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Is the Sean Hannity Advertiser Revolt Bill O'Reilly All Over Again?

By Published on .

Sean Hannity.
Sean Hannity. Credit: Fox News

What's this all about?

It's all about the fact that Fox News "Hannity" host and Trump booster Sean Hannity has been deep-diving down a rabbit hole by pursuing the conspiracy theory that Democratic National Committee staffer Seth Rich was murdered for leaking DNC emails to Wikileaks. The origin of that theory is something of a hall of mirrors involving Fox News itself. Per Jim Rutenberg in this morning's New York Times:

The Rich story has been kicking around since July, but flared anew last week, when FoxNews.com and the Fox affiliate in Washington, WTTG, quoted an investigator working with the Rich family as saying that Mr. Rich had been in contact with WikiLeaks before his death. But when questioned by Oliver Darcy of CNN, the investigator acknowledged that, in fact, he had no evidence to suggest any such thing, and that he was only repeating what the FoxNews.com reporter who interviewed him about the case had told him.

The local Washington, D.C. police investigating the murder think it was the result of robbery-gone-wrong, and the Rich family has been demanding a retraction for Fox News. On Tuesday, Fox News issued this statement:

On May 16, a story was posted on the Fox News website on the investigation into the 2016 murder of DNC Staffer Seth Rich. The article was not initially subjected to the high degree of editorial scrutiny we require for all our reporting. Upon appropriate review, the article was found not to meet those standards and has since been removed. We will continue to investigate this story and will provide updates as warranted.

So if Fox News backed away from the story, what's the problem?

Hours after the Fox News statement, Sean Hannity said on his radio show, "I am not Fox.com or FoxNews.com, I retracted nothing."

Oh dear. What did Fox News say about that?

So far nothing publicly. (Ad Age has reached out to Fox News and will update this post with any additional statements from the network.) Meanwhile, BuzzFeed started calling around to "Hannity" advertisers to guage their squeamishness about this whole situation. By Wednesday afternoon, BuzzFeed News' Mary Ann Georgantopoulos and Brianna Sacks were reporting that Cars.com, mattress marketers Casper and Leesa Sleep, cycling studio Peloton, video doorbell maker Ring and Crown Plaza Hotels were backing out of "Hannity" -- although the latter says it never wanted to be on Fox News in the first place. "Since we learned of the airings, we addressed the issue immediately and terminated our relationship" with the unspecified "third-party agency" that booked the airtime.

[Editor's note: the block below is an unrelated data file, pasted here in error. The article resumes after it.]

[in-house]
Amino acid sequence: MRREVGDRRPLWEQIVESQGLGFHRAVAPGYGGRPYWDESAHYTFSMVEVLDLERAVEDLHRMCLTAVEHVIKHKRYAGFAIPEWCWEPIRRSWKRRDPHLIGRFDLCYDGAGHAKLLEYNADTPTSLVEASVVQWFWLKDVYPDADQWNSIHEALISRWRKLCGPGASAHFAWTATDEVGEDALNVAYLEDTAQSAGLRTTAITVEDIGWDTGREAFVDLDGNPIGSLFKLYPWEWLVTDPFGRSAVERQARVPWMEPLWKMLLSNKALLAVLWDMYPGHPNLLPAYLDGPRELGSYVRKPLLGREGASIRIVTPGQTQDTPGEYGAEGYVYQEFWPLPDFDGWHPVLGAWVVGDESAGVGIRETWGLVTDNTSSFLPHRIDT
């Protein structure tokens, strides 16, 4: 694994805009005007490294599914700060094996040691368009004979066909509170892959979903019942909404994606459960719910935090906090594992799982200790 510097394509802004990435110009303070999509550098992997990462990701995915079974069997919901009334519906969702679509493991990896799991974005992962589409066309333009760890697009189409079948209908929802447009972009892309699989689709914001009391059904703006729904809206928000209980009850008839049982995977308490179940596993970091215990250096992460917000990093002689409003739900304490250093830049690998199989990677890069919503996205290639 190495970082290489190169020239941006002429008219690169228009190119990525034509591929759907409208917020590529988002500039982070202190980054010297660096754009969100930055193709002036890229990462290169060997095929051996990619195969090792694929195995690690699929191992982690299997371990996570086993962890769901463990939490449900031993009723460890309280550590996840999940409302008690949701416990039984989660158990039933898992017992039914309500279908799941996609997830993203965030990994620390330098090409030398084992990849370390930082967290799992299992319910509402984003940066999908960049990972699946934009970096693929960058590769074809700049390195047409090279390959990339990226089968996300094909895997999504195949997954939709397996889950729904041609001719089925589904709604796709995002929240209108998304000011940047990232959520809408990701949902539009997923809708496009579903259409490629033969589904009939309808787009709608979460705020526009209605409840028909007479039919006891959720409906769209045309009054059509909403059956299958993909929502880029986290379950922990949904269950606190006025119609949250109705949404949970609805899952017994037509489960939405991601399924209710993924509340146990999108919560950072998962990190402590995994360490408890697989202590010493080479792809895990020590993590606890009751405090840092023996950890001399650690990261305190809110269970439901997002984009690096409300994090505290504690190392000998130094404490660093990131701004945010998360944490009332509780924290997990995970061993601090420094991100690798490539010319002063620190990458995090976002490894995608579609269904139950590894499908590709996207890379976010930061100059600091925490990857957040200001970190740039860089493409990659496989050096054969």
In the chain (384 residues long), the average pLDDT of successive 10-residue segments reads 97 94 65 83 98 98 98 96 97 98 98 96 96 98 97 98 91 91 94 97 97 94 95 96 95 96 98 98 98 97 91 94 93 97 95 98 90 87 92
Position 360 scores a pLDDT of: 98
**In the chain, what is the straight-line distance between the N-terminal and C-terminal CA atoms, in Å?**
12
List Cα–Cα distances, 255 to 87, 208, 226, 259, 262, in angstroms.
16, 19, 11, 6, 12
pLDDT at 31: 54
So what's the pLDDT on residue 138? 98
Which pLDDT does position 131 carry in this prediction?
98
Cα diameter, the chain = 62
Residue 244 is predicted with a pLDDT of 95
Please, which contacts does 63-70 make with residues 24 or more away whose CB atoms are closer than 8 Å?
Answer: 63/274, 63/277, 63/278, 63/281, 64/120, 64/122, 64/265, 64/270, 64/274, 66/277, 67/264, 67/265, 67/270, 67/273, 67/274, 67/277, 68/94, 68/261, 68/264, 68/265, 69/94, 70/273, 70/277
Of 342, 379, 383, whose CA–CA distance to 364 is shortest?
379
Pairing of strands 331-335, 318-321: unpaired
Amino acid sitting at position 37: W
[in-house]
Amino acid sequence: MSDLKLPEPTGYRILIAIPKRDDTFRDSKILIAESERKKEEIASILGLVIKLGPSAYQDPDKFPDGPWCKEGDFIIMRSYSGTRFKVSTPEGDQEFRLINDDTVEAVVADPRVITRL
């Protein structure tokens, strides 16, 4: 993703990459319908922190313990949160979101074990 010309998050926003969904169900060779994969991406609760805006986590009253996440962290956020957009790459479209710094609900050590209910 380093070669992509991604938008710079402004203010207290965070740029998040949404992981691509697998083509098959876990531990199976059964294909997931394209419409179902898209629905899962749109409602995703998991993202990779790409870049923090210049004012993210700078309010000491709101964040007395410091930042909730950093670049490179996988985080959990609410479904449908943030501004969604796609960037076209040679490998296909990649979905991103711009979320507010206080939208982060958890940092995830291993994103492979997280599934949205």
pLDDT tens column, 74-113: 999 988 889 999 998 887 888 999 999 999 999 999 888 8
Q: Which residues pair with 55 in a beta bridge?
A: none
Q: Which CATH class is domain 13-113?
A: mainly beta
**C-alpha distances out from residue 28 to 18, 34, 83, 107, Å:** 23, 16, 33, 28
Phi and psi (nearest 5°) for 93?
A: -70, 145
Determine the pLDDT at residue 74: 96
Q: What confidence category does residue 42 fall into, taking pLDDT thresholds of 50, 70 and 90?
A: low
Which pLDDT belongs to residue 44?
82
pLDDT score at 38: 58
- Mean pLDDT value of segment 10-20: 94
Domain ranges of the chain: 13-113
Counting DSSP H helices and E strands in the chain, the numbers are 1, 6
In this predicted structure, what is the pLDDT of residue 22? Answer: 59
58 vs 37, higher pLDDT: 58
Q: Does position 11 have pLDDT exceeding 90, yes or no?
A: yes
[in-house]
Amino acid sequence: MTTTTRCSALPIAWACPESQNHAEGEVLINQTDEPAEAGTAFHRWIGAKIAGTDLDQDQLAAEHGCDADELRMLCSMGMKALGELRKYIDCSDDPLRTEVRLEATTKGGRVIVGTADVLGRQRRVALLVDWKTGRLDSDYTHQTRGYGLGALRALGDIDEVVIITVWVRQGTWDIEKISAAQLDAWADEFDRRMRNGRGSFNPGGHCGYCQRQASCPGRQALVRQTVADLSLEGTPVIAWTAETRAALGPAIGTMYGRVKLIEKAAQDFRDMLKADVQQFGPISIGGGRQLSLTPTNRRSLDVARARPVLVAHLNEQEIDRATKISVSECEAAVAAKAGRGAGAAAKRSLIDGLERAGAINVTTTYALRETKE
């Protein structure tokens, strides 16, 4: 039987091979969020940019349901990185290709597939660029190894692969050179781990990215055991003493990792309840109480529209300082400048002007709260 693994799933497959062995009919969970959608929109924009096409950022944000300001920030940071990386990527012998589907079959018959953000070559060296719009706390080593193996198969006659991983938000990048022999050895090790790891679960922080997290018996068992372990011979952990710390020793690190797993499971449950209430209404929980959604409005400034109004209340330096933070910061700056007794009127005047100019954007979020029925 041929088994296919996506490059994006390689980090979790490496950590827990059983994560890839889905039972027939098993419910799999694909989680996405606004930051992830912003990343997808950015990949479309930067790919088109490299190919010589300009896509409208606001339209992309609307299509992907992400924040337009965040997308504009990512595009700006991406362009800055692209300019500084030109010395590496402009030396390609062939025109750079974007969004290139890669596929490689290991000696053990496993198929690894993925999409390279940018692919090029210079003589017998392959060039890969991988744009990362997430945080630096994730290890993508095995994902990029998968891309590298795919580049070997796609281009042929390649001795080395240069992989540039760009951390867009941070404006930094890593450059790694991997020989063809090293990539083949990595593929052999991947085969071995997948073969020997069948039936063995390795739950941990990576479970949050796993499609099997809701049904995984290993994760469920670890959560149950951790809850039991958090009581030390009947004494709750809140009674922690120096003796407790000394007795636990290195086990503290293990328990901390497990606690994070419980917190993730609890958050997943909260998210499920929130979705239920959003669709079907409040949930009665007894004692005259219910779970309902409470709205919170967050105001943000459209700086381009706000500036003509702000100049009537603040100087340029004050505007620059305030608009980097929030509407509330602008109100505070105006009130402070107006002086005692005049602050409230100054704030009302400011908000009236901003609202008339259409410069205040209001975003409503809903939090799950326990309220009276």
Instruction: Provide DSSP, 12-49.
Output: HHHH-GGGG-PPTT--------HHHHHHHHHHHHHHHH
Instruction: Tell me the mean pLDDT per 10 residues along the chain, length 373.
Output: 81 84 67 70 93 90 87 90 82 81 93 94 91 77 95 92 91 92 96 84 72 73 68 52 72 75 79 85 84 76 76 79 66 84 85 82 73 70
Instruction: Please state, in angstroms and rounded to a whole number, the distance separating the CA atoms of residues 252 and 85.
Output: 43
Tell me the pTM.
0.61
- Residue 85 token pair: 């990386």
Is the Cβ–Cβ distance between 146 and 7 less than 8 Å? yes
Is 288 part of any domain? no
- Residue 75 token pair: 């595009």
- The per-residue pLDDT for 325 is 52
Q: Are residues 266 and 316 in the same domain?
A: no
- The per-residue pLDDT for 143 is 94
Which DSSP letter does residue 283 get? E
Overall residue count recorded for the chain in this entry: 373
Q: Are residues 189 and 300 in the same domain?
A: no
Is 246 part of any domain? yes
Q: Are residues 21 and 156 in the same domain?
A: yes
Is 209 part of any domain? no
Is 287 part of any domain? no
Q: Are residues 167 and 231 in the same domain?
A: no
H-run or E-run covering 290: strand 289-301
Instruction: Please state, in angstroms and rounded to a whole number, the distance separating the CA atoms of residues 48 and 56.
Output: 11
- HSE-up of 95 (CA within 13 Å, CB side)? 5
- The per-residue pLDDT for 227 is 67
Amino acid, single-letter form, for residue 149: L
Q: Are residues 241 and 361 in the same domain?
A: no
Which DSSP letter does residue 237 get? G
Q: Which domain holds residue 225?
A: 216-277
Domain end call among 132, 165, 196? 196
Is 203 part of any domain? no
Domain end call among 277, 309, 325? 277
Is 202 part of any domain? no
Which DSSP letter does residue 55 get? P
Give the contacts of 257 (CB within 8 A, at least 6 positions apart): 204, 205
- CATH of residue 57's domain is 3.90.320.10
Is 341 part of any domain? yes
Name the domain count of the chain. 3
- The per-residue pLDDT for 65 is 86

Last night, the United Services Automobile Association (USAA), which describes itself as a "financial service company for the military community and their familes, tweeted in response to a customer complaint about USAA being a "Hannity" advertiser: "Advertising on opinion shows is not in accordance with our policy and we've since corrected it."

What's Sean Hannity's response?

To the advertiser revolt? So far, nothing. But late last night he tweeted that he was going on vacation:

That "Did Hannity do last show?" line is, of course, a reference to the fact that last month "The O'Reilly Factor" host Bill O'Reilly left for vacation -- and while he was away Fox News decided he wasn't coming back.

(UPDATE: "Like the rest of the country, Sean Hannity is taking a vacation for Memorial Day weekend and will be back on Tuesday, " a Fox News representative said by email. "Those who suggest otherwise are going to look foolish.")

So is this Bill O'Reilly all over again?

Not exactly. Remember, "The O'Reilly Factor" cancellation came amidst the media frenzy about his multimillion-dollar sexual harrassment allegation settlements. So we're talking off-camera behavior vs. on-camera behavior.

Who advertises on "Hannity" in general?

According to the TV ad analytics firm iSpot.tv, the top three marketer sectors backing "Hannity" since the start of 2017 are automakers, weight loss brands and insurance companies. By estimated spend, Jenny Craig is the top individual advertiser. It's worth noting here that Jenny Craig, the 84-year-old entrepreneur behind Jenny Craig, Inc., co-hosted a Trump campaign fundraiser last July.

The top advertiser on "Hannity" last night, with three different commercial airings, was ExxonMobil.

Meanwhile, self-styled Fox News watchdog Media Matters has published a master list: "These are Sean Hannity's advertisers."

Simon Dumenco, aka Media Guy, is an Ad Age editor-at-large. You can follow him on Twitter @simondumenco.

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